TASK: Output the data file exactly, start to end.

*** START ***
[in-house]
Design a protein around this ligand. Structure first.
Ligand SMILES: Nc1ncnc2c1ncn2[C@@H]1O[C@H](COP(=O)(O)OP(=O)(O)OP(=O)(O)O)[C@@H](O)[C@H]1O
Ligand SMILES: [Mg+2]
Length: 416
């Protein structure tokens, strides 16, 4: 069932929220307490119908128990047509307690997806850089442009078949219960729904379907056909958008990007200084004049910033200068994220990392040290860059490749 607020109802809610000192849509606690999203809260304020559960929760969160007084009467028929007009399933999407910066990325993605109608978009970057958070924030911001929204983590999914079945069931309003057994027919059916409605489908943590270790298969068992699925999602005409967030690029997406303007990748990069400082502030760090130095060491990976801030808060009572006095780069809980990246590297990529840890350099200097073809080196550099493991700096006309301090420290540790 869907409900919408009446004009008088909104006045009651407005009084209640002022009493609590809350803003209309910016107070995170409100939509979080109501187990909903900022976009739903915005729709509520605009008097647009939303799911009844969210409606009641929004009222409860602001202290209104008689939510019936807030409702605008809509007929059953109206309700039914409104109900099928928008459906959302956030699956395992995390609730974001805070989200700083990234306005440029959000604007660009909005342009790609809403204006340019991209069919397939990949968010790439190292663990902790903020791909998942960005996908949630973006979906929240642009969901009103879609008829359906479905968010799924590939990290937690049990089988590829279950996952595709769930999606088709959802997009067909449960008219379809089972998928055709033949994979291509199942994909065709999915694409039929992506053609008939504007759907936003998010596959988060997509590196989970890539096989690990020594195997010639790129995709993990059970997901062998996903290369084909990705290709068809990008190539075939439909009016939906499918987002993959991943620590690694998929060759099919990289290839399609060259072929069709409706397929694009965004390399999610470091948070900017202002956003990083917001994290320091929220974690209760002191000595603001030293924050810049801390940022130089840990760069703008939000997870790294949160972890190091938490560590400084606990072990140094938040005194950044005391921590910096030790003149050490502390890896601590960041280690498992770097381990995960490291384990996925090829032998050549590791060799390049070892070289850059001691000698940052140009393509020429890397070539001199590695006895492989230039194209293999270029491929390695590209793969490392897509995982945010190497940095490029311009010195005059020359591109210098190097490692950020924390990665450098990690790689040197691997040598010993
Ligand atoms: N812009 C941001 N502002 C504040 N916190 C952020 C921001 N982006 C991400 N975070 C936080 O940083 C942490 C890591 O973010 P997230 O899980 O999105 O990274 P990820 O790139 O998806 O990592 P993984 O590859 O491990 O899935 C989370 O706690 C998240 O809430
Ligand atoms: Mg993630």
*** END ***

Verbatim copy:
[in-house]
Design a protein around this ligand. Structure first.
Ligand SMILES: Nc1ncnc2c1ncn2[C@@H]1O[C@H](COP(=O)(O)OP(=O)(O)OP(=O)(O)O)[C@@H](O)[C@H]1O
Ligand SMILES: [Mg+2]
Length: 416
């Protein structure tokens, strides 16, 4: 069932929220307490119908128990047509307690997806850089442009078949219960729904379907056909958008990007200084004049910033200068994220990392040290860059490749 607020109802809610000192849509606690999203809260304020559960929760969160007084009467028929007009399933999407910066990325993605109608978009970057958070924030911001929204983590999914079945069931309003057994027919059916409605489908943590270790298969068992699925999602005409967030690029997406303007990748990069400082502030760090130095060491990976801030808060009572006095780069809980990246590297990529840890350099200097073809080196550099493991700096006309301090420290540790 869907409900919408009446004009008088909104006045009651407005009084209640002022009493609590809350803003209309910016107070995170409100939509979080109501187990909903900022976009739903915005729709509520605009008097647009939303799911009844969210409606009641929004009222409860602001202290209104008689939510019936807030409702605008809509007929059953109206309700039914409104109900099928928008459906959302956030699956395992995390609730974001805070989200700083990234306005440029959000604007660009909005342009790609809403204006340019991209069919397939990949968010790439190292663990902790903020791909998942960005996908949630973006979906929240642009969901009103879609008829359906479905968010799924590939990290937690049990089988590829279950996952595709769930999606088709959802997009067909449960008219379809089972998928055709033949994979291509199942994909065709999915694409039929992506053609008939504007759907936003998010596959988060997509590196989970890539096989690990020594195997010639790129995709993990059970997901062998996903290369084909990705290709068809990008190539075939439909009016939906499918987002993959991943620590690694998929060759099919990289290839399609060259072929069709409706397929694009965004390399999610470091948070900017202002956003990083917001994290320091929220974690209760002191000595603001030293924050810049801390940022130089840990760069703008939000997870790294949160972890190091938490560590400084606990072990140094938040005194950044005391921590910096030790003149050490502390890896601590960041280690498992770097381990995960490291384990996925090829032998050549590791060799390049070892070289850059001691000698940052140009393509020429890397070539001199590695006895492989230039194209293999270029491929390695590209793969490392897509995982945010190497940095490029311009010195005059020359591109210098190097490692950020924390990665450098990690790689040197691997040598010993
Ligand atoms: N812009 C941001 N502002 C504040 N916190 C952020 C921001 N982006 C991400 N975070 C936080 O940083 C942490 C890591 O973010 P997230 O899980 O999105 O990274 P990820 O790139 O998806 O990592 P993984 O590859 O491990 O899935 C989370 O706690 C998240 O809430
Ligand atoms: Mg993630």